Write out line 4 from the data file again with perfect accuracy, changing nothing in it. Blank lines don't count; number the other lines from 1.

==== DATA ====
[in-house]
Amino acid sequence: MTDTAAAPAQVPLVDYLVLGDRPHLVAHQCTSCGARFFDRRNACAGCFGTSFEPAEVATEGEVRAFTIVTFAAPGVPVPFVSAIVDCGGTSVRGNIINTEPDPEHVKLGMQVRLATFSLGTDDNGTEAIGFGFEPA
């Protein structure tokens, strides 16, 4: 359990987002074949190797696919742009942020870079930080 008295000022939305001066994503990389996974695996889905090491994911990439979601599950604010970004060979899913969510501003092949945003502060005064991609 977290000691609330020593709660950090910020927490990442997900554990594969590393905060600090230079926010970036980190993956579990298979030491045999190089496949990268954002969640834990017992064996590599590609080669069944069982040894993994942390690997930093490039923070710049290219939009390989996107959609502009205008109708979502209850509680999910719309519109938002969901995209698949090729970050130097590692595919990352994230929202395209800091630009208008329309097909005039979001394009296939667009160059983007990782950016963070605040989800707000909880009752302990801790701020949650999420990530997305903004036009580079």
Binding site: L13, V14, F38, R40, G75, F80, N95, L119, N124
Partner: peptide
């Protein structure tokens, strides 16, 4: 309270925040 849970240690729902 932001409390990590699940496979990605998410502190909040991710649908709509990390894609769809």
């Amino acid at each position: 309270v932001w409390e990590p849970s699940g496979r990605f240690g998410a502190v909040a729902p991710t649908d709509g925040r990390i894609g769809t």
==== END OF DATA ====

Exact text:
Binding site: L13, V14, F38, R40, G75, F80, N95, L119, N124